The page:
Benjamin Tallmadge

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Benjamin Tallmadge
Benjamin Tallmadge by Ezra Ames.JPG
Benjamin Tallmadge portrait by artist Ezra Ames
Born(1754-02-11)February 11, 1754
Setauket or Brookhaven, New York
DiedMarch 7, 1835(1835-03-07) (aged 81)
Litchfield, Connecticut
 
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Benjamin Tallmadge
Benjamin Tallmadge by Ezra Ames.JPG
Benjamin Tallmadge portrait by artist Ezra Ames
Born(1754-02-11)February 11, 1754
Setauket or Brookhaven, New York
DiedMarch 7, 1835(1835-03-07) (aged 81)
Litchfield, Connecticut

Benjamin Tallmadge (February 11, 1754 – March 7, 1835) was a member of the United States House of Representatives. His birth date is alternately listed as February 25, 1754.[1][dubious ]

Tallmadge, the son of a clergyman, was born in Setauket, New York, a hamlet in the town of Brookhaven on Long Island.[1][2] Tallmadge graduated from Yale college in 1773, and was a classmate of American Revolutionary War spy Nathan Hale.[3]

From 1773-1776 Tallmadge was the superintendent of Wethersfield High School.[2]

American Revolutionary War[edit]

Tallmadge was a major in the 2nd Continental Light Dragoons. He was initially commissioned on June 20, 1776.[2] Eventually, as the chief intelligence officer for George Washington, he was promoted to the rank of colonel. He organized the Culper Spy Ring based out of New York City and Long Island during the American Revolutionary War, using the code name John Bolton. The Culper Ring is thought by some to have revealed the betrayal of Benedict Arnold, though this is disputed. There is actually very little evidence to prove that Tallmadge had heard from a spy in New York City about the Arnold-André plot. However, it would have been easy for Tallmadge to suspect that Arnold was up to no good, since Arnold had arranged to meet Anderson (Major John André's alias at the time) and Anderson was carrying military secrets back to New York City. The only thing Tallmadge could do was to persuade Jameson to recall lieutenant Allen who was already on his way to deliver the prisoner André into Arnold's custody. However, Tallmadge was unable to dissuade Jameson from informing Arnold of Major André's arrest. Tallmadge's suspicion of Arnold's treachery may not have been strong enough as Jameson later reported in a letter to Washington that neither Tallmadge nor other officers he consulted raised any objections to sending lieutenant Allen with a message to Arnold saying André was now in Jameson's custody.[4]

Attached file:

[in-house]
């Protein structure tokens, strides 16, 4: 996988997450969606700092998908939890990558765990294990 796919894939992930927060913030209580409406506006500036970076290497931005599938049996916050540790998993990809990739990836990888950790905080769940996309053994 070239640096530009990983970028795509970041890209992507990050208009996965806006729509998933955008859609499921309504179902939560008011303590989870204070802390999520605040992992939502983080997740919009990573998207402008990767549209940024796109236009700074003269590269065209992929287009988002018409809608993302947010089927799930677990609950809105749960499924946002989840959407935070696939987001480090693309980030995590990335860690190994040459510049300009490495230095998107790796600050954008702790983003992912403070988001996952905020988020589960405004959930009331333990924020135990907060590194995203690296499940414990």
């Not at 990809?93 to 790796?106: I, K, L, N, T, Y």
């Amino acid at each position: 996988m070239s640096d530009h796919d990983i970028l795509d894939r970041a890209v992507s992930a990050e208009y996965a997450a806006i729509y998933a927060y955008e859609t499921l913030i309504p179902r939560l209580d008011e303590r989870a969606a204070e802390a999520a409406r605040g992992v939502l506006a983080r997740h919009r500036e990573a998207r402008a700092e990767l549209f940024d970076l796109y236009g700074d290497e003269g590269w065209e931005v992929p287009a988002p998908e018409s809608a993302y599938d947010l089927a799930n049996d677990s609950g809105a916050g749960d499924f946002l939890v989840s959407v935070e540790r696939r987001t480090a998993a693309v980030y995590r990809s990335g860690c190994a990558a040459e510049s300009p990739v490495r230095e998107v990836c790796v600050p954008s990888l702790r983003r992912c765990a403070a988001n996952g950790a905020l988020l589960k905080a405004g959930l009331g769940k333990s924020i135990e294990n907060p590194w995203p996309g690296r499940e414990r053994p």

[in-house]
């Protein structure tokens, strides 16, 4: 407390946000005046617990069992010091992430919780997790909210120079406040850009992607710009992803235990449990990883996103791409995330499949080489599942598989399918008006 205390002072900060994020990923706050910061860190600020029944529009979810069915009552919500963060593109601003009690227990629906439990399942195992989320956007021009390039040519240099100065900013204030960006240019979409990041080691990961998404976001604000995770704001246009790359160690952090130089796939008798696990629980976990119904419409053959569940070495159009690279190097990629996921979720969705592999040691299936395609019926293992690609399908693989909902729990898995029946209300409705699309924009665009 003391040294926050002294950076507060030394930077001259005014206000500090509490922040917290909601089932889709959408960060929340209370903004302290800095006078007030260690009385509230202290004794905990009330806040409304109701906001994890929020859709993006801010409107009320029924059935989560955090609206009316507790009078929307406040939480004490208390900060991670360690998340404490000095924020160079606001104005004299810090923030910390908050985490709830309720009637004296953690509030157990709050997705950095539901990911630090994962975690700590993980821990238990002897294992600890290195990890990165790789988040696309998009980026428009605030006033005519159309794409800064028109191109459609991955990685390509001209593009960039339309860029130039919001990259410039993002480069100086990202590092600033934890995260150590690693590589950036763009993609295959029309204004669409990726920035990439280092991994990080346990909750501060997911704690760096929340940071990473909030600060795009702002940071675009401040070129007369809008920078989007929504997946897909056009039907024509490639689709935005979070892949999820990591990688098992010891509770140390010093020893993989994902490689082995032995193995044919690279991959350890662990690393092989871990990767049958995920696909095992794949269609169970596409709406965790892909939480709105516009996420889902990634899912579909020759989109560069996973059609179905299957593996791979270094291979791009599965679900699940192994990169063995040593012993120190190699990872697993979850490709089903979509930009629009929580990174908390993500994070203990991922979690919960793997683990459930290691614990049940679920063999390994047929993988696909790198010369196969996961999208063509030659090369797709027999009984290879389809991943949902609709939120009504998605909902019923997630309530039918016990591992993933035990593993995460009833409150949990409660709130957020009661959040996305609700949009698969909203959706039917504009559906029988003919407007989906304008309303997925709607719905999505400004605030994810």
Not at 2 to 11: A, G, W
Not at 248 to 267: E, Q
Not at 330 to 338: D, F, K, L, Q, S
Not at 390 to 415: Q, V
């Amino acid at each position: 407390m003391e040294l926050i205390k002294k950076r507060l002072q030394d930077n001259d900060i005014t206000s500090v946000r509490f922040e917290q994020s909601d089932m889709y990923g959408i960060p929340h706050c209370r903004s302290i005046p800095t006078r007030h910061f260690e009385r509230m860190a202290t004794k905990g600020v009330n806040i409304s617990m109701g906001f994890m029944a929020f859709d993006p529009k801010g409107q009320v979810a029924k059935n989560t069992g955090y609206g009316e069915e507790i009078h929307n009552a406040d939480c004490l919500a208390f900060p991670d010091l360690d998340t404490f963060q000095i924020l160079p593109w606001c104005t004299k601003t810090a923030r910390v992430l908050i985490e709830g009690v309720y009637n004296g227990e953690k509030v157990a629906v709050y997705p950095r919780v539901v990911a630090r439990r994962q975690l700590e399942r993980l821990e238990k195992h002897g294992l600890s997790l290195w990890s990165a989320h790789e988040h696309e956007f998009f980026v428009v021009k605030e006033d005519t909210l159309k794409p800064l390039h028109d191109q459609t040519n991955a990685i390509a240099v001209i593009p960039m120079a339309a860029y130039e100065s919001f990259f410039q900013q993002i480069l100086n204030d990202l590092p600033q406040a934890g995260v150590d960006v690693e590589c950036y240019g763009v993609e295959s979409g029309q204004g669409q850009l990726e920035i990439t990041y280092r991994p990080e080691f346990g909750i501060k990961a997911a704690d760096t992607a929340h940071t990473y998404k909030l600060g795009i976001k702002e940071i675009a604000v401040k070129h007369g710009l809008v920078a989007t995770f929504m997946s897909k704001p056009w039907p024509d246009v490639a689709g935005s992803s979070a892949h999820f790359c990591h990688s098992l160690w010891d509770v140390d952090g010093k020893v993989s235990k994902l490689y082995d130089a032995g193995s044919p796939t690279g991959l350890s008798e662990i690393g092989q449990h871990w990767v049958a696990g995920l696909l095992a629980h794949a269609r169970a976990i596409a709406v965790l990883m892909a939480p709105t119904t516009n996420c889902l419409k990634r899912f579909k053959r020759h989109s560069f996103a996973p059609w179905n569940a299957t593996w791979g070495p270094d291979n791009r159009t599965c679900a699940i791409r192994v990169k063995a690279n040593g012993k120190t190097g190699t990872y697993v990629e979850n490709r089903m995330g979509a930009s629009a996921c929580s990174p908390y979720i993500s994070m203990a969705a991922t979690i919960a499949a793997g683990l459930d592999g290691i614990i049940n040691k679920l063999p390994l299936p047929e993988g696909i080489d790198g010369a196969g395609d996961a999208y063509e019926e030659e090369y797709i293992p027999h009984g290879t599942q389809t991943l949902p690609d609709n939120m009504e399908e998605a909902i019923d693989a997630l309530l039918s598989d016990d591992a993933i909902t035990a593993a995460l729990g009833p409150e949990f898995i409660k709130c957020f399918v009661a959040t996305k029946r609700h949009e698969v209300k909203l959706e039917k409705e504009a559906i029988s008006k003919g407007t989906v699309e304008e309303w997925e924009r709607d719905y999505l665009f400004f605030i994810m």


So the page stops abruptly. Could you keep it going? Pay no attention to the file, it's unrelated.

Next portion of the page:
After Benedict Arnold's British contact, John André, was caught, he was taken to North Castle, where the commander, Colonel Jameson, ordered his Lieutenant, Allen, to take a note and the incriminating documents found with André to their commander, Benedict Arnold, at West Point. Tallmadge, suspecting André to be a spy, and Benedict Arnold to be his accomplice, tried to have Jameson reverse his orders. He was unsuccessful, but did convince Jameson to send a rider and take Andre to Salem, eight miles east of the Hudson River, and to send the documents to George Washington. Lt. Allen was still to report to Benedict Arnold with Jameson's note outlining the events. Later, Jameson was chastised by Washington for warning Arnold and allowing his escape. André was placed in Tallmadge's custody until André's execution.

On November 21, 1780, Tallmadge and his dragoons rowed across the Long Island Sound from Fairfield, Connecticut to Mt. Sinai, New York. The next day they proceeded to the south shore where they captured and burned down Manor St. George, which the British turned into a fort, and captured the soldiers within. On their march back to Mt. Sinai, Tallmadge stopped in Coram and ordered the burning of 300 tons of hay which the British had been stockpiling for the winter. George Washington, on hearing the news, sent the following letter to Tallmadge: